Although Bush’s administration was successful in its international exploits, Americans felt that United States’ economy was on the downturn. He promised no new taxes in his presidential campaign, but Bush agreed to increased tax during his term. This gave Republicans an impression of betrayal.

Bush sought for reelection in 1992, but was unsuccessful. Although his foreign policies no doubt succeeded, his local policies did not. Political experts say this was mainly due to Bush getting back on his promise of “Read my lips: No new taxes”. The US economy was coming out of recession then, and seven out of ten voters rated the economy as below average.

The presidential campaign between Bill Clinton and Bush Senior was not without tension. Although Bush took his defeat hard (as he firmly believed he would win), he was gracious in his exit. He left a very cordial and endearing customary letter for President Bill Clinton in the Oval Office, which Clinton greatly appreciated.

When Bush Senior stepped down from the White House, his following agenda was to support the political careers of his sons, George W and Jeb. George W ran for the gubernatorial position in Texas, while his younger brother Jeb ran for the same position in Florida. The former succeeded in his bid, while the latter failed on his first attempt.

George HW supported his eldest son’s bid for the presidency. George W eventually won the presidential election in 2000 and became the 43rd President of the United States. This prompted people to create nicknames for the former president to distinguish him from the current one. He was called “Bush the Elder”, “Bush Senior”, “Bush 41” and “George HW”, among others.

In late 2004, Bush 41 and Clinton worked together (as devised by younger Bush) to raise funds and provide relief to areas affected by the 2004 Indian Ocean tsunami. Working together, the two former rivals hit it off and became friends ever since. Bush Senior often jokingly referred to himself as the father Clinton never had.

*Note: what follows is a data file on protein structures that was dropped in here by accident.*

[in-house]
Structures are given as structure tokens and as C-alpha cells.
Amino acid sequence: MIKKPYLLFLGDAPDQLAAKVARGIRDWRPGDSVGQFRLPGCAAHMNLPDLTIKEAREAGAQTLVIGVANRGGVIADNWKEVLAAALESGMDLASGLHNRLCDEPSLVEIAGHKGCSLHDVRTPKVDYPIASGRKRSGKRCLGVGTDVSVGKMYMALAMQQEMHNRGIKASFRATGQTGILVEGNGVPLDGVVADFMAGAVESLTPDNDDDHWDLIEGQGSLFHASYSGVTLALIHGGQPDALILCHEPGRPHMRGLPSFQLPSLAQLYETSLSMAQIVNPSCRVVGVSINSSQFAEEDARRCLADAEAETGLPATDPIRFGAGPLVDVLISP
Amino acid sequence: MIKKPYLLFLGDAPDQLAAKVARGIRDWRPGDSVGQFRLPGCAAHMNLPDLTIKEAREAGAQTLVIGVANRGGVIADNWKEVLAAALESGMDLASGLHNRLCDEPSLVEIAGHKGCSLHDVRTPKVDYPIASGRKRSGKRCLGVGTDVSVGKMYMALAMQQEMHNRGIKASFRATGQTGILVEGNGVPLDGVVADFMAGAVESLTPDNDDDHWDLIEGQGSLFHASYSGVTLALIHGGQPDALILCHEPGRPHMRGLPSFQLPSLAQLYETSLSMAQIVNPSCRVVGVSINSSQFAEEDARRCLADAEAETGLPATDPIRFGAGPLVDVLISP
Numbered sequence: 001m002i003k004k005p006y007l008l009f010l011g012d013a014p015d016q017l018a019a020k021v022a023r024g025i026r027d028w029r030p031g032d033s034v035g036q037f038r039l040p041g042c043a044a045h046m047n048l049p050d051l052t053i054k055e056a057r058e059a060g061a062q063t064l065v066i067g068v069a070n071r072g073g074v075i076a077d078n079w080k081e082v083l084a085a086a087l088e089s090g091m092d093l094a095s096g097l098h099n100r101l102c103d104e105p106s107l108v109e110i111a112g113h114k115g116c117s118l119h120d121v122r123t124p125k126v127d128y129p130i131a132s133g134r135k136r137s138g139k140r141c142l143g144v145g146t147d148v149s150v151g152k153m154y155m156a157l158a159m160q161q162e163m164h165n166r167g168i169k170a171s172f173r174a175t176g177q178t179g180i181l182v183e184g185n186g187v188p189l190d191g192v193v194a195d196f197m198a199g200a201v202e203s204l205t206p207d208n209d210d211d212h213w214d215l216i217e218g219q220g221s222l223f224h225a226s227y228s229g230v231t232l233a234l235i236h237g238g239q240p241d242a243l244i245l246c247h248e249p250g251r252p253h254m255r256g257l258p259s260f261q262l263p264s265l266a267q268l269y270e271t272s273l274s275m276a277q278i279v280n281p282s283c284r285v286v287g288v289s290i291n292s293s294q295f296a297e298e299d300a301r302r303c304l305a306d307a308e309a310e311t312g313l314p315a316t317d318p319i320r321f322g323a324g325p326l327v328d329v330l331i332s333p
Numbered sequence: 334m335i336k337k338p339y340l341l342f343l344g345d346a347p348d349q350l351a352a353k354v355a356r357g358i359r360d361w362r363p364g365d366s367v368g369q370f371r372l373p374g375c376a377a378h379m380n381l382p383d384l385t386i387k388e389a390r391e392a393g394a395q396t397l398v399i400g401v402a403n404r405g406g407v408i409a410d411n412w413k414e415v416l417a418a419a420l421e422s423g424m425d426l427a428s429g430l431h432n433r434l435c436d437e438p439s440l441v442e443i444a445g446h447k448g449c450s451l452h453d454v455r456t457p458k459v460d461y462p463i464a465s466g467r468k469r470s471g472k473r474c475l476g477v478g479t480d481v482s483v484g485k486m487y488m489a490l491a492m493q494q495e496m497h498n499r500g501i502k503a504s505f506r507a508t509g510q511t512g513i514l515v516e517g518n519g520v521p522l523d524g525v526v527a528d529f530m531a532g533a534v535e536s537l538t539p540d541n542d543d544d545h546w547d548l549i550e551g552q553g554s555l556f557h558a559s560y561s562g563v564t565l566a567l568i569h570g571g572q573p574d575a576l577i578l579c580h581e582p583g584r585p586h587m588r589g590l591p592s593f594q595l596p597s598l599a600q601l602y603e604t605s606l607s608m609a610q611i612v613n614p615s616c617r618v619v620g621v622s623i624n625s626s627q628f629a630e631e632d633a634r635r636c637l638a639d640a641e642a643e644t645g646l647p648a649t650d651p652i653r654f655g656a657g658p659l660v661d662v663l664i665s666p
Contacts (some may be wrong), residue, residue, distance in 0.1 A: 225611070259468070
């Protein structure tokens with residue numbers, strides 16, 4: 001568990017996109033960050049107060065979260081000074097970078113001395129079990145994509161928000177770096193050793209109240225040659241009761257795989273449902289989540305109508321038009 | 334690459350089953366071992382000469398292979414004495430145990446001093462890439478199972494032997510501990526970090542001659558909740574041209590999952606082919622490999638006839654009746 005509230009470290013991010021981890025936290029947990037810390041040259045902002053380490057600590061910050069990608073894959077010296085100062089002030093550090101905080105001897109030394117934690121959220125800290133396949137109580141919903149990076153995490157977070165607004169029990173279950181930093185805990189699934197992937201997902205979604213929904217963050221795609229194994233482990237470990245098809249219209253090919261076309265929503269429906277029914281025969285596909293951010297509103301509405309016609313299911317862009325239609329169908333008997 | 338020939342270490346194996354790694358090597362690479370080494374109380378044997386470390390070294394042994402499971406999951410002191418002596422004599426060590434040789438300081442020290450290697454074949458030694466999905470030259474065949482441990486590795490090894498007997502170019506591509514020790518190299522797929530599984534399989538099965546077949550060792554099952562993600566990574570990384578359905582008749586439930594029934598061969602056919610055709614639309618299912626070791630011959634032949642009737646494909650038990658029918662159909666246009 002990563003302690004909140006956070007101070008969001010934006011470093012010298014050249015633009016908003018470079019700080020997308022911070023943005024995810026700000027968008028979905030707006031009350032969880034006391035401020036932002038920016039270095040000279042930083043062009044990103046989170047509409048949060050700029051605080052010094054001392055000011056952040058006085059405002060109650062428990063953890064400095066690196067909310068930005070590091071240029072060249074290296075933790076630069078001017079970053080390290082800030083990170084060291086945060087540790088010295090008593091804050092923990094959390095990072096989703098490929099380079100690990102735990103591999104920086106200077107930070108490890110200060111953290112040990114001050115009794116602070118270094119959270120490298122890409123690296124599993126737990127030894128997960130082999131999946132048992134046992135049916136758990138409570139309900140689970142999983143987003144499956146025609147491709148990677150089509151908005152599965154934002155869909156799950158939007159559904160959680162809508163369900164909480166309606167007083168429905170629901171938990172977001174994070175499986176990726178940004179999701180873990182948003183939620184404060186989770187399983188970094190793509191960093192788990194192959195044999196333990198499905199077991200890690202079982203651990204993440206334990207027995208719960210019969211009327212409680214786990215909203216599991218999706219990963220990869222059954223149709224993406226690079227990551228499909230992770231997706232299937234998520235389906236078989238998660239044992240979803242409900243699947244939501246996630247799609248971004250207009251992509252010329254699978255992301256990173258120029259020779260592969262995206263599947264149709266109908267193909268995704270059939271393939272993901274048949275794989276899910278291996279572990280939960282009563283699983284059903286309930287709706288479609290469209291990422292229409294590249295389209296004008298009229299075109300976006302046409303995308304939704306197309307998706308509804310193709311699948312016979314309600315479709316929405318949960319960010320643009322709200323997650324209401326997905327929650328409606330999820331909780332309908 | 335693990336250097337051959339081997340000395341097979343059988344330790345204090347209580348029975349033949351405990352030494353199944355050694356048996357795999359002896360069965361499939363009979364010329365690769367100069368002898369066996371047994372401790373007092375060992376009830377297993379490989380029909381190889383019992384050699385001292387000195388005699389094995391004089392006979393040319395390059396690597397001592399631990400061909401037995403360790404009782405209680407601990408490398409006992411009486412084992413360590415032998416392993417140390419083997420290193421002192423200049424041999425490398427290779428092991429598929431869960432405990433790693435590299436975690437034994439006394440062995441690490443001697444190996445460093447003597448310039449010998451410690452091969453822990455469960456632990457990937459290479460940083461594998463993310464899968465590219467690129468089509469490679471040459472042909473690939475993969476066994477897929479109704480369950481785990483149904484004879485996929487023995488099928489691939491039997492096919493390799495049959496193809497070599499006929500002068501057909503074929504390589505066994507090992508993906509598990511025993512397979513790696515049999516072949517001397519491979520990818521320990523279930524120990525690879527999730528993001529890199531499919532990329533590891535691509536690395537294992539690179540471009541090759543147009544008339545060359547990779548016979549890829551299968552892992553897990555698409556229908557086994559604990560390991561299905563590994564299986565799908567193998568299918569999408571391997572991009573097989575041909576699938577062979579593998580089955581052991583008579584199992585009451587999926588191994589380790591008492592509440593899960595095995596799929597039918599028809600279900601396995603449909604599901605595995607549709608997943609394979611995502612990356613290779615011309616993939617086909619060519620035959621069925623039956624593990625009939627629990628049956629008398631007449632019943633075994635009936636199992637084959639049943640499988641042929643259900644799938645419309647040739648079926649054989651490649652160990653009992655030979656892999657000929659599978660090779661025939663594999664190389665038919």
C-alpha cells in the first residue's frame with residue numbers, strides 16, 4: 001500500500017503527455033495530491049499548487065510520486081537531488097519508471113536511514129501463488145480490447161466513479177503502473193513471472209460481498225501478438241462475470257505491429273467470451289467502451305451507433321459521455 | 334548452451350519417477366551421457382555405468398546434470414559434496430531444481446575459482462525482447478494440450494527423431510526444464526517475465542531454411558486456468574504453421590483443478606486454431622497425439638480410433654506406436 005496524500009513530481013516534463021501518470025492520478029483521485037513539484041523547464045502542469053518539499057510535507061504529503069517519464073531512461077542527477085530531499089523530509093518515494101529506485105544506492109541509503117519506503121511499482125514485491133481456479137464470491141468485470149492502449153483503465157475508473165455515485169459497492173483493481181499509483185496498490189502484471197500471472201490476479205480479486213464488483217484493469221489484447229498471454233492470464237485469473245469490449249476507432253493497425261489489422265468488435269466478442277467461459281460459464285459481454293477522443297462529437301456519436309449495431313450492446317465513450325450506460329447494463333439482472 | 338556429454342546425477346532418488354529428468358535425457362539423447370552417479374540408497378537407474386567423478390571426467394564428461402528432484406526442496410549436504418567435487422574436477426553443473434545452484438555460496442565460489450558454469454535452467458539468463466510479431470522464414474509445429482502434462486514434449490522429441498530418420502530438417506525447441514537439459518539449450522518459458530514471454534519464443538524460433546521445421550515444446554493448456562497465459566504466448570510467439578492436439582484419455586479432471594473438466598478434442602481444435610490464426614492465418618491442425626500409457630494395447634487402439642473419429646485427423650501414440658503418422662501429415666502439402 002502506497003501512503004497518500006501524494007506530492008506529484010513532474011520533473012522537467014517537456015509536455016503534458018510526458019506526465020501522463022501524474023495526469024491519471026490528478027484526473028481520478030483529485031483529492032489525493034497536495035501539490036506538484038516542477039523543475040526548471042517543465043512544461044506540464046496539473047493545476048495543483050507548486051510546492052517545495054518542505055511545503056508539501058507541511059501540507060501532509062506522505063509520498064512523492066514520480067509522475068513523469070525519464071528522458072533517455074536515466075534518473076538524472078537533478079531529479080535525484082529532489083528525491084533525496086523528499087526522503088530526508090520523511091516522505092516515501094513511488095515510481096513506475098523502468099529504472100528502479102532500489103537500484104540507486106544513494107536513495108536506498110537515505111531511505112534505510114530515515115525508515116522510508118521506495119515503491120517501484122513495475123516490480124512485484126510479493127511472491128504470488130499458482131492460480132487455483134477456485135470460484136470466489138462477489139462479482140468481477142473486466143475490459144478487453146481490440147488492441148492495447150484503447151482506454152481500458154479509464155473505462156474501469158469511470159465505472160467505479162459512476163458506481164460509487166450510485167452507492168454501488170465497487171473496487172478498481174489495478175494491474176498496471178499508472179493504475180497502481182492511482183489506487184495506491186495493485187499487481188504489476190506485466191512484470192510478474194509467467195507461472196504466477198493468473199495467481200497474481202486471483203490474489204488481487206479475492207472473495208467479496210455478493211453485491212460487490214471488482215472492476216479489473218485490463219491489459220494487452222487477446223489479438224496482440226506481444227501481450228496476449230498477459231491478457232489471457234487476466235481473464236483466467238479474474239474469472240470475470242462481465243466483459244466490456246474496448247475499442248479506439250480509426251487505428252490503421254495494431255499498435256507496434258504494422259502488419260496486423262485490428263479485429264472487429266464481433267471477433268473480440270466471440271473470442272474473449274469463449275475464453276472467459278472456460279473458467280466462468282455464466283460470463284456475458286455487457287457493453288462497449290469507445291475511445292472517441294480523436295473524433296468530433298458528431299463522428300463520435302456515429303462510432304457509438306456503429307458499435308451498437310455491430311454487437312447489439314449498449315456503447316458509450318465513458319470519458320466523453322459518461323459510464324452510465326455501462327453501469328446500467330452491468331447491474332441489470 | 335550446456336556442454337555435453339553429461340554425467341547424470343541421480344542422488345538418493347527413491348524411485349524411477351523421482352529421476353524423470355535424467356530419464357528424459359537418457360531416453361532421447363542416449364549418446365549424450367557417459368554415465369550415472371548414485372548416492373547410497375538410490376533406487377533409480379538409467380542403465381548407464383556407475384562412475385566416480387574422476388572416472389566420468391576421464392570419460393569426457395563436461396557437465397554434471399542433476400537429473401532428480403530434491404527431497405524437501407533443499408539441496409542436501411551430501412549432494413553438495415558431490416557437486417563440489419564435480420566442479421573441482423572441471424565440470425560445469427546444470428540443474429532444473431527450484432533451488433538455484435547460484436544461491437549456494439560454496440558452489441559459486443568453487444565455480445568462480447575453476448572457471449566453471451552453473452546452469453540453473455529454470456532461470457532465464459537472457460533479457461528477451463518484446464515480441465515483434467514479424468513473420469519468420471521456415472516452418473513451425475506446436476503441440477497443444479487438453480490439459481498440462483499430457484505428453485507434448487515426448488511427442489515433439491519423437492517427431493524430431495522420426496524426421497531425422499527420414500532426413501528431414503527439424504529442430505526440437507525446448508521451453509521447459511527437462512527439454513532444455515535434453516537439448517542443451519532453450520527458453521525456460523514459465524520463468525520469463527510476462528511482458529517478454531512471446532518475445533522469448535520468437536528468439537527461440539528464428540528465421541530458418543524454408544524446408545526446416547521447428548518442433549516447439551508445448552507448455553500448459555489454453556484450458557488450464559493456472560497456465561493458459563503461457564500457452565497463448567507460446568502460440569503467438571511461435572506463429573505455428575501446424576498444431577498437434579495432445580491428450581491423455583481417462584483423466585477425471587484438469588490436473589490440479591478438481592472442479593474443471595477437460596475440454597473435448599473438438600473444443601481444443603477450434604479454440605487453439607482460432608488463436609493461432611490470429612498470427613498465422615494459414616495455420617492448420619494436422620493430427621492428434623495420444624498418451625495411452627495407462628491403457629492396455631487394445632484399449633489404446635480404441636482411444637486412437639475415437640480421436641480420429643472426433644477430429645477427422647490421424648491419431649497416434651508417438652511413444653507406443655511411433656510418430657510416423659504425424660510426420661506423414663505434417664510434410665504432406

In February of 2011, President Barack Obama awarded Bush Senior the Presidential Medal of Honor, the highest award given to a civilian. Obama and Bush Senior also worked together in 2017 with One America to help communities that were victims of Hurricanes Harvey and Irma.

Points of Light Institute paid tribute to George HW Bush and his wife Barbara in March of 2011 for their contribution in promoting volunteerism. Former presidents Jimmy Carter, Bill Clinton and George W also attended the event which was held at the JFK Center for Performing Arts.

To fulfill a promise, Bush Senior skydived on his 90th birthday near his summer home in Kennebunkport, Maine. The former president has done the same on his 75th, 80th and 85th birthdays. His tandem jump on his 90th birthday was a success, considering he is already wheelchair-bound.

Bush Senior also supported his son Jeb’s presidential bid in 2016. The younger Bush, however, struggled during the elections and had to withdraw during the primaries. No one in the Bush household supported then nominee Donald Trump, who subsequently won the elections.

Bush Senior was devastated by the passing of his wife Barbara on the 17th of April, 2018. Even while he himself was already with failing health, he managed to attend his wife’s funeral in a wheel chair. Their marriage of 73 years was the longest in the history of American presidents.

George Herbert Walker Bush passed away seven months after Barbara. He was the longest –lived president of the United States. And though his political career was not without issues and controversies, he lived full and well according to his strong beliefs.